Book Image

Getting Started with NativeScript

By : Nathanael J. Anderson
Book Image

Getting Started with NativeScript

By: Nathanael J. Anderson

Overview of this book

NativeScript allows you to build a fast cross-platform application that has a native UI. NativeScript is a true cross-platform framework that generates native speed applications using the native components of the host platform, all using JavaScript. Although NativeScript allows you to build your application in JavaScript, you have full access to the host OS from your code, allowing you to easily tweak or use new platform features instantly at native code speeds. Whether you have already developed multiple applications or zero applications, this book will help you to develop your next application in a cross-platform framework quickly, saving you a massive amount of time and money. This book concisely shows you NativeScript’s built-in framework that allows you to rapidly develop a fully-working compiled cross-platform application in just a few chapters. It starts by laying the foundation of NativeScript and working through the fundamentals to create a basic shell of the application. Moving on, you’ll see how to build a full-fledged application step by step. We’ll show you how to use plugins, and how to communicate with the native OS libraries easily so that you can customize your application as if your app was created in Java or Objective C. We then deal with the issues that arise from being cross platform and compensate for the different screen sizes, screen resolutions, and device abilities. Finally, we progress to testing and deploying your app.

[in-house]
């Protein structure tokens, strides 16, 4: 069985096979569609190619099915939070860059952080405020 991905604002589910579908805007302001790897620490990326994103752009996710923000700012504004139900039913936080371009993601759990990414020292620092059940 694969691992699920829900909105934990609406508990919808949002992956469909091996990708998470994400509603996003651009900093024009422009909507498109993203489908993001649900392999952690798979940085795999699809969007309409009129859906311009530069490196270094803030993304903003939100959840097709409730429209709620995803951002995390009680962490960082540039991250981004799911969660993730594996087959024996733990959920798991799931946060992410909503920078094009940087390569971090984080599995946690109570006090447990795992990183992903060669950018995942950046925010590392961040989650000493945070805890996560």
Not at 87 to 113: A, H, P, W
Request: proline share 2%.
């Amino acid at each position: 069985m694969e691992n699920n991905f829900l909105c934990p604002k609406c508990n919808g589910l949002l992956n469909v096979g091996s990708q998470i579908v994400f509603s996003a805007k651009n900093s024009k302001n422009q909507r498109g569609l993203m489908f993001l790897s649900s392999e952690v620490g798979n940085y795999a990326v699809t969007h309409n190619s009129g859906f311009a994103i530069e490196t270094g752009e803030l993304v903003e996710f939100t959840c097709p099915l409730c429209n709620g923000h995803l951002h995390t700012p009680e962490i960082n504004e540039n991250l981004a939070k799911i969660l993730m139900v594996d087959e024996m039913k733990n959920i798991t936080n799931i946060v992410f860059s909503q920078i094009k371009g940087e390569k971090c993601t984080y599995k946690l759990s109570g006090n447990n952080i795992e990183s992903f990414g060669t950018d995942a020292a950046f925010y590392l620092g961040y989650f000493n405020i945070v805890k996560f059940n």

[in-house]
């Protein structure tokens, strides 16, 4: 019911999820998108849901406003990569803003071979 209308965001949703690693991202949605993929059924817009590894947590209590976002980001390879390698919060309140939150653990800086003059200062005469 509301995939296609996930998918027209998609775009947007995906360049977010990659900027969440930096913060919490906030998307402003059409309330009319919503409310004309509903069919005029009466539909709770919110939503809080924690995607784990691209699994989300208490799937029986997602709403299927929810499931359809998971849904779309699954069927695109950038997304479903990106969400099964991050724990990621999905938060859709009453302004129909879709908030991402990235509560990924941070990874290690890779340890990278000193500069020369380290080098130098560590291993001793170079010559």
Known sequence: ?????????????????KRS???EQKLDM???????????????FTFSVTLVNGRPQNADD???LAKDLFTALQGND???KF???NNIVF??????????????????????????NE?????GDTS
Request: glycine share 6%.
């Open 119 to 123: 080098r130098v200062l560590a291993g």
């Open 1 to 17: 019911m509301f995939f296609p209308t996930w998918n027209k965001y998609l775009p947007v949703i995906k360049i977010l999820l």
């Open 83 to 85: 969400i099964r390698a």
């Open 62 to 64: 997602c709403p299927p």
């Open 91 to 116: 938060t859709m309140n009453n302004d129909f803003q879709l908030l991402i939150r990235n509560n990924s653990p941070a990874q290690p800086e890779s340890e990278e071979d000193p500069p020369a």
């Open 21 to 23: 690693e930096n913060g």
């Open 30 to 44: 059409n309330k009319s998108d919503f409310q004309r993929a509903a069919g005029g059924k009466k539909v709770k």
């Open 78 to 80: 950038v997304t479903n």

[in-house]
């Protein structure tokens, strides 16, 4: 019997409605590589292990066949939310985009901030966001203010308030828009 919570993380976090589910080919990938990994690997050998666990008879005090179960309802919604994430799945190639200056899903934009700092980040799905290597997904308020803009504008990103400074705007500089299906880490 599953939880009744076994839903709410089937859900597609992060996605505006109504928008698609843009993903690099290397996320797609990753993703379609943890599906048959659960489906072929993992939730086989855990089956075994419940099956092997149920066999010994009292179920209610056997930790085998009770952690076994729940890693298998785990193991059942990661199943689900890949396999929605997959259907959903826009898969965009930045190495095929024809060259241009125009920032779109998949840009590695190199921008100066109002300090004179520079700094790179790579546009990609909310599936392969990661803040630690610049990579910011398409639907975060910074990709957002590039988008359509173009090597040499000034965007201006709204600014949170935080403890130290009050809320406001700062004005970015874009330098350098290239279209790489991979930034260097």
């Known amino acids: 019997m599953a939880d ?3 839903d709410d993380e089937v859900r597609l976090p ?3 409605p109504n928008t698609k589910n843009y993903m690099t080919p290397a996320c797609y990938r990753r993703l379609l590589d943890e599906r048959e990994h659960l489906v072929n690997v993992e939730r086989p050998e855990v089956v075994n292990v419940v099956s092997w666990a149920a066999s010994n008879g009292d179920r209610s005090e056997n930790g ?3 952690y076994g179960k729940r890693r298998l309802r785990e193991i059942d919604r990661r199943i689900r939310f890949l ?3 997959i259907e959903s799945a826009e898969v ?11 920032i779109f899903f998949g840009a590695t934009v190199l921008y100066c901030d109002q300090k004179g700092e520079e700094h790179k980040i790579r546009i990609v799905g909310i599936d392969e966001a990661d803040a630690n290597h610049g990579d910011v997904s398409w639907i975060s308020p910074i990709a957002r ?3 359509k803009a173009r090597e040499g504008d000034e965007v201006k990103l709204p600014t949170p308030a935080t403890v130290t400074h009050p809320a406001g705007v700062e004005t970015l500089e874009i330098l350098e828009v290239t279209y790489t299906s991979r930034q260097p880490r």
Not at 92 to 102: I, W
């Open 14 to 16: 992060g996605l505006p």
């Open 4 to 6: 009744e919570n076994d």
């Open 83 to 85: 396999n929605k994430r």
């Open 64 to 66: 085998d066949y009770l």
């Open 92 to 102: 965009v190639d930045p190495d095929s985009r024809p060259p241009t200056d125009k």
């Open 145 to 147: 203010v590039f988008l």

Table of Contents (15 chapters)
Getting Started with NativeScript
About the Author
About the Reviewer

Understanding the call stack

We will switch tracks. The other side of the equation is debugging your application when it breaks. Nobody is perfect at coding, so understanding the call stack is an important factor in figuring out why your application has just crashed. Both Android and iOS report the call stack slightly differently. So, we shall examine Android first and then finish up with iOS call stack. So, open up your main-page.js file, and on line three, add the bogus code: Stock.blah();.

Android call stack

On Android, you get the call stack in two different places. When the application crashes, it normally creates a log in the actual application that you can view and it looks like this:

As you can see, about half way down on the screen, in the error report, there is the actual error. The error is TypeError: cannot read property 'blah' of undefined. In this case, I put it on line 3, column 6. In this case, the error actually points to the issue directly. Sometimes, you get lucky, and the...